- Published: June 6th, 2013
- Publisher: Henry Holt & Company, LLC
- Genre: Young Adult Fantasy
- Series: The Grisha Trilogy
- Pages in Hardback: 432
- Preceded by: Shadow and Bone
- Followed by: Ruin and Rising
- Quote: “When people say impossible they usually mean improbable.” Pg. 120
- Amazon/Barnes & Noble/ Book Depository
Darkness never dies.
Hunted across the True Sea, haunted by the lives she took on the Fold, Alina must try to make a life with Mal in an unfamiliar land. She finds starting new is not easy while keeping her identity as the Sun Summoner a secret. She can’t outrun her past or her destiny for long.
The Darkling has emerged from the Shadow Fold with a terrifying new power and a dangerous plan that will test the very boundaries of the natural world. With the help of a notorious privateer, Alina returns to the country she abandoned, determined to fight the forces gathering against Ravka. But as her power grows, Alina slips deeper into the Darkling’s game of forbidden magic, and farther away from Mal. Somehow, she will have to choose between her country, her power, and the love she always thought would guide her–or risk losing everything to the oncoming storm.
Review of the Characters:
Alina— I enjoyed Alina more in this novel, with that said, I still struggled with connecting to her. We get to see what power does to her, how it creeps into her mind and changes her intuition. It was the most interesting part of this novel but other than that, Alina did not exist except to be caught in an angsty tennis match with Mal. It eclipsed the entire novel and was frustrating to no end especially since Alina was proactive in every decision she made but could only whine about her situation with Mal. I also couldn’t exactly figure out what she wanted to gain in the end. Did she want to be in charge of Ravka? Did she want a quiet life with Mal? What were her long time goals? We didn’t get that because the author didn’t go deep enough.
Mal– His only role in this novel was to cause trouble for Alina. Literally. He existed so that the ENTIRE middle section of the novel could be filled with endless pining and brooding. That gets old after ten pages. He took a complete change of course from the first novel in which he was strong guy that went after what he wanted, so I couldn’t understand why he was suddenly drowning in sorrows in this novel.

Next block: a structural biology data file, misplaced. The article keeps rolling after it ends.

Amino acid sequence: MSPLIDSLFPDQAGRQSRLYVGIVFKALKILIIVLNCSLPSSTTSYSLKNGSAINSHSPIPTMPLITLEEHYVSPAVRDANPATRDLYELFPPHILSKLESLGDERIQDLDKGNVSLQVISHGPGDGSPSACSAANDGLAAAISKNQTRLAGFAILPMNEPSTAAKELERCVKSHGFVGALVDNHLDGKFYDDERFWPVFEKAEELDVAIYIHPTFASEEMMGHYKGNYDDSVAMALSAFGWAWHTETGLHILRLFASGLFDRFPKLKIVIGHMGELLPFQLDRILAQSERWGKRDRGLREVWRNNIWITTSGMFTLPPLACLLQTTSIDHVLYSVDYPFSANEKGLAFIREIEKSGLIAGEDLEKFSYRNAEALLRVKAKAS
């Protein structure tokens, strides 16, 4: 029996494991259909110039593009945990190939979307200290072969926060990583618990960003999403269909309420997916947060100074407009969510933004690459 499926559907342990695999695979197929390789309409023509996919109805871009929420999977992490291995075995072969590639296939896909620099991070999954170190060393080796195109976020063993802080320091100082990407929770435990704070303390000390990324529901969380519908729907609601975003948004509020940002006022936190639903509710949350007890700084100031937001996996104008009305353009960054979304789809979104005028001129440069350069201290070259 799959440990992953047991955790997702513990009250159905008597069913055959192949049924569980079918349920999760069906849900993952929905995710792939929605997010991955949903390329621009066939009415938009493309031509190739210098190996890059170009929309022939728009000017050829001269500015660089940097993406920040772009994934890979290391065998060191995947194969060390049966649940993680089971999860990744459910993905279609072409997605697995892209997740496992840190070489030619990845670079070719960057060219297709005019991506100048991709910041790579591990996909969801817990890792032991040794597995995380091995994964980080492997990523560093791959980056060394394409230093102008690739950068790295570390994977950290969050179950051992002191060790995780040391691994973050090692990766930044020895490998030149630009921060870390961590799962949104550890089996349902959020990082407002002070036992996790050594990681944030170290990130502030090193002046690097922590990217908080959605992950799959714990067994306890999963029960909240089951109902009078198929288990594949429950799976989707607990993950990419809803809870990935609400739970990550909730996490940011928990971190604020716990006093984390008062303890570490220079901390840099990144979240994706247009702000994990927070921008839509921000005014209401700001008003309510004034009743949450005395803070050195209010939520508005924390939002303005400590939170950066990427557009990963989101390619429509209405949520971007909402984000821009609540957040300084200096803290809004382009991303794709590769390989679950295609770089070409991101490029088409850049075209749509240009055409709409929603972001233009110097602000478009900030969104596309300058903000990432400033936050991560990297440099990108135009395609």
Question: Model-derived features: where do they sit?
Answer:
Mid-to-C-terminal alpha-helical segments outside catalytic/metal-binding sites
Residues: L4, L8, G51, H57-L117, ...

Sturmhold– While I couldn’t help but love his humor and one liners I felt, just like Mal, he only existed to compete for Alina’s heart. He was there to look good, say something funny and then go home. Period. Still, he managed to be my favorite character of the whole novel so I guess he earns some points.
Darkling– I was one of those girls who had a big thing for the Darkling in Shadow and Bone but that all changed in this novel. I have trouble understanding his sudden new power. And in the beginning of the novel, said power has limits but then at the end of the novel those limits completely vanish. It felt like a cheap way of writing. I can’t really say much else about him as there was zero development for the character because he was barely in the novel. So, hopefully he improves in Ruin and Rising.
Review of the Story:
I have never read a book that suffered from second book syndrome as much as Siege and Storm. Answer me this before we get into the flaws of the story, what is this obsession with making everything a trilogy nowadays? Money? Movie deals? Authors seem to feel that they need to present this standardized package that consists of the right elements on a three part tale when MOST STORIES DON’T NEED THREE BOOKS. Bardugo series is an excellent example of stretching her story thin to fit the standard package and it definitely shows in her second novel.
I was really excited when I opened the book to meet an action packed beginning but then it slowly sputtered to a turtle-like pace only to end very suddenly. I was left slightly miffed that I had to endure the lack of story to only end up with a lack of ending as well. My problem with this novel is that Bardugo gives us a sense of the story. Instead of getting transported into the novel, we can only look at Ravka through a window, limiting our view. She makes is seem like there is much going on with her talk of politics and religion when NOTHING IS HAPPENING. The whole middle chunk of the novel is dedicated to this:
Alina: I sense that Mal has a problem with me. I want to fix it. But instead I’ll just go to bed.
Mal: I want her to WANT me to want her. Why can’t she get that from my icy glares?
I mean, it was ridiculously angsty between these two and it seems like that was the whole point of the novel. The relationship between Mal and Alina was the sole focus of the story and in the end it did not move it forward, so Bardugo had to drop the curtains and call it a wrap.
Review of the Writing:
There is no denying that Bardugo has created a beautiful backdrop for her series. Ravka is mysterious and magical with its myths and legends. But while Bardugo paints a pretty picture, she struggles with depth and it comes down to her inability to show instead of tell. Her slow pacing and lack to look further into her character motives and story concept is the ultimate reason this novel suffers.
While the idea of this novel is fascinating Bardugo falls just short of delivering. The novel ultimately suffered from the fact that the author was trying to stretch the story into three segments, a common cause of underwhelming young adult novels.
P.S.– My next read is Paper Towns by John Green